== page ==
Wind turbine blades are killing hibernating bats, but researchers may have found a solution to prevent future deaths.
Researchers at the University of Massachusetts and Texas A&M, are working on developing a device that will help to protect migrating bats from being damaged or killed by the blades of wind turbines, a problem that the researchers believe is a major issues for the hibernating bats population, which has already been devastated by a disease known as white-nose syndrome.
A device that could produce an ultrasonic whistle could deter the bats from spinning blades.
The researchers are working on developing a device that would make a pulsing ultrasonic whistle; a sound that would mimic the one made from a bat’s larynx that is used as a deterrent for other bats that come into the area. The idea (and the hope) is that by attaching this device to the wind turbines, the sound will deter bats from the area and keep them safe from the blades.
According to associate professor in environmental conservation, Paul R. Sievert, who is also overseeing the project, once the device is attached to the blades of a wind turbine, “as those blades turn, the air goes through these tiny whistles emitting sounds which basically keep bats away from the spinning blades.”
The bat-based sound technology for wind turbines is still in its first stages.
The researchers are not quite certain just how dangerous the wind blades are to bats, but a significant number of dead bats have been found on wind farms. Sievert said that “We don’t know how serious the issue is,” but added that as more turbines are installed, “It has the potential to be.” The development of this technology is precautionary, more than anything else, but is considered worth the time and expense if it prevents more bats from dying.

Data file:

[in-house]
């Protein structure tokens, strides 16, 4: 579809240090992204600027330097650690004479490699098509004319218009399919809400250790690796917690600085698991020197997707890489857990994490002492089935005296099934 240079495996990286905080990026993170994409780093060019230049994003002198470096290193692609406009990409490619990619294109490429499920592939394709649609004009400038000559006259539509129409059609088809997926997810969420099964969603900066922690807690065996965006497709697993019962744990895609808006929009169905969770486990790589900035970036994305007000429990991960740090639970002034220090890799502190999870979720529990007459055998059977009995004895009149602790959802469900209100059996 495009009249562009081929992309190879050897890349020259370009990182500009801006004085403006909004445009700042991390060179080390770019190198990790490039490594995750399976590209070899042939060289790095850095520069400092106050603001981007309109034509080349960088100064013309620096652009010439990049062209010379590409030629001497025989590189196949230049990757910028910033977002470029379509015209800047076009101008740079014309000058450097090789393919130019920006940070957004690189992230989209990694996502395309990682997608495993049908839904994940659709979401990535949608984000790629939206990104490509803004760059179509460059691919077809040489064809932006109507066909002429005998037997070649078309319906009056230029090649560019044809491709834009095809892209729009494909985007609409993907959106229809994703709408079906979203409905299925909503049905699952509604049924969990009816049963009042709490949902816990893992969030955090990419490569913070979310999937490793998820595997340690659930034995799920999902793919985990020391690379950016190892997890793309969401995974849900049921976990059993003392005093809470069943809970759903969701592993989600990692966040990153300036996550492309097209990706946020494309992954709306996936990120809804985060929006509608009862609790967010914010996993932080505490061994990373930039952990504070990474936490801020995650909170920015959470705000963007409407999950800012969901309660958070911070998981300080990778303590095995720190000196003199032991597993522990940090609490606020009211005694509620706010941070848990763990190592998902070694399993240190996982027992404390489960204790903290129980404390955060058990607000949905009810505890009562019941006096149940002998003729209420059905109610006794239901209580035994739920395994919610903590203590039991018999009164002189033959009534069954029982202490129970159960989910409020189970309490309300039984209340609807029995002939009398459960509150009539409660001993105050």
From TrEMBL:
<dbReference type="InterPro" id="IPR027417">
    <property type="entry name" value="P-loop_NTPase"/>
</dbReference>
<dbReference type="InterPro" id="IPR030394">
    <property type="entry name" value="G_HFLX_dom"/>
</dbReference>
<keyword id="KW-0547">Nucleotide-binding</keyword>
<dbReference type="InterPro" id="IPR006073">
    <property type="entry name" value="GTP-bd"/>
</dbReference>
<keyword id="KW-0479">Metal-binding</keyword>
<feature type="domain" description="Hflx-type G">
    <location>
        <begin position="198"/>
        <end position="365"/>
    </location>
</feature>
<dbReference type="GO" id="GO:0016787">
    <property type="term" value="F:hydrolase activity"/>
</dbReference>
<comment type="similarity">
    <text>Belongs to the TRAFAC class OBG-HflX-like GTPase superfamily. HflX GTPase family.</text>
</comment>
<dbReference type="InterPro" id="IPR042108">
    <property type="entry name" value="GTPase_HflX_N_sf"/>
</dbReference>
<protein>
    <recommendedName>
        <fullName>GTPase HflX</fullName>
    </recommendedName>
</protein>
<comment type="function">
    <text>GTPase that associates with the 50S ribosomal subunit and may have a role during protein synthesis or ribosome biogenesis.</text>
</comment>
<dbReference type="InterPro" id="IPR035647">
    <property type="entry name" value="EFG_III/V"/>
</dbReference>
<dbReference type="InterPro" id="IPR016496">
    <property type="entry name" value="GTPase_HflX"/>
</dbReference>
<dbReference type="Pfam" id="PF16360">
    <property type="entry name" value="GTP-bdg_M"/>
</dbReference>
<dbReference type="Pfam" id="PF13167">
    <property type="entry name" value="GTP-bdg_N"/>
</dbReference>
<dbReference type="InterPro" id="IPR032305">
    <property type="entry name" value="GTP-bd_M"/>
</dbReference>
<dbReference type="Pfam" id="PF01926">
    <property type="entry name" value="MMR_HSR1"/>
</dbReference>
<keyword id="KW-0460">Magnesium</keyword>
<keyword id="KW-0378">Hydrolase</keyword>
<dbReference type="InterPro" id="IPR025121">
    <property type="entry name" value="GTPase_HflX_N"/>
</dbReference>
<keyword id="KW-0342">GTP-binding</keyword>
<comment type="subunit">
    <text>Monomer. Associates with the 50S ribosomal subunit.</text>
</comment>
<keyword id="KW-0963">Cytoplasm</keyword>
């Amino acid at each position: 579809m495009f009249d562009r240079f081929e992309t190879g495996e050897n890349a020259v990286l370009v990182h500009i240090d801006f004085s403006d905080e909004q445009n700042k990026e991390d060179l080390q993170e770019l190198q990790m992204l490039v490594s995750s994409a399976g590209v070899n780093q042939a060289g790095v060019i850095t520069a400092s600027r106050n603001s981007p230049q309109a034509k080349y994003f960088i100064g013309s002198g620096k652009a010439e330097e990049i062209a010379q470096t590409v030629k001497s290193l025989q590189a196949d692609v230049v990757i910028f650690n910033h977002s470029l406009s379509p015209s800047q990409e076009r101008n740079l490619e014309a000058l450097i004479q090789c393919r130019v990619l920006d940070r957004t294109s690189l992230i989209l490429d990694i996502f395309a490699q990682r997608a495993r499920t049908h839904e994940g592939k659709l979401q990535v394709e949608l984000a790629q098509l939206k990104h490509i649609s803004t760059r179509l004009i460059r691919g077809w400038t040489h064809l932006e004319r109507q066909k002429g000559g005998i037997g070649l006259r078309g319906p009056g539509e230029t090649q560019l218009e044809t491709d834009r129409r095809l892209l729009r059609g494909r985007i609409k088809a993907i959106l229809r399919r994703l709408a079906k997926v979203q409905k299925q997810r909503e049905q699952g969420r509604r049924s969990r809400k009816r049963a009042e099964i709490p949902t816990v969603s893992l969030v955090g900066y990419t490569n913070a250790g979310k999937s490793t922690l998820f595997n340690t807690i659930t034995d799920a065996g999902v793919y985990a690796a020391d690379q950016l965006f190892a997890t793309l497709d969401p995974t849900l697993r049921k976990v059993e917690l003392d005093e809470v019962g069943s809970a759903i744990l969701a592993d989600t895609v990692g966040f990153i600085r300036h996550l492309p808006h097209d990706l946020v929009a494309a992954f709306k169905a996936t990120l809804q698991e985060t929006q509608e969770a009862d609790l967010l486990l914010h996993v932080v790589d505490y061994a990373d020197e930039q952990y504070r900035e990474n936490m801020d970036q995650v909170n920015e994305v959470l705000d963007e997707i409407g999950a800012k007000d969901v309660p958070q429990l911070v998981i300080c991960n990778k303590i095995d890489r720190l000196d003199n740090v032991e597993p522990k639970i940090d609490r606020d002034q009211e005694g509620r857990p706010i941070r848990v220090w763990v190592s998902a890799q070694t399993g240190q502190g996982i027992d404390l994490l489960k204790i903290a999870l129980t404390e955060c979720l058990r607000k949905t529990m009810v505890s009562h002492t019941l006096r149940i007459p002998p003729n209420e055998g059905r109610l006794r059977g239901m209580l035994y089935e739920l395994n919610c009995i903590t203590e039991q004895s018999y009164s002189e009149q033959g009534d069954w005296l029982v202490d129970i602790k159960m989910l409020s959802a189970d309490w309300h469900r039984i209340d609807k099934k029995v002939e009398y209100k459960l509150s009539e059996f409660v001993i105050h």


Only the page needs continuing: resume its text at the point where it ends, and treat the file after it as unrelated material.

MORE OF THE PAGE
The first step of the project, said Sievert, is to design and produce the technology, a process that will be completed by working with Yahya Modarres-Sadeghi, a professor of mechanical and industrial engineering, and students of this department. Once completed, the device will be tested on lab bats to see if the sound actually repels them. This test will be performed by Michael Smotherman from Texas A&M University.
The device will undergo rigorous testing and, if it works out as the researchers expect, they will receive funding for another two-year grant that will enable them to attach the devices to turbine blades.
The devices are not expected to have any effect on the power production of wind turbines.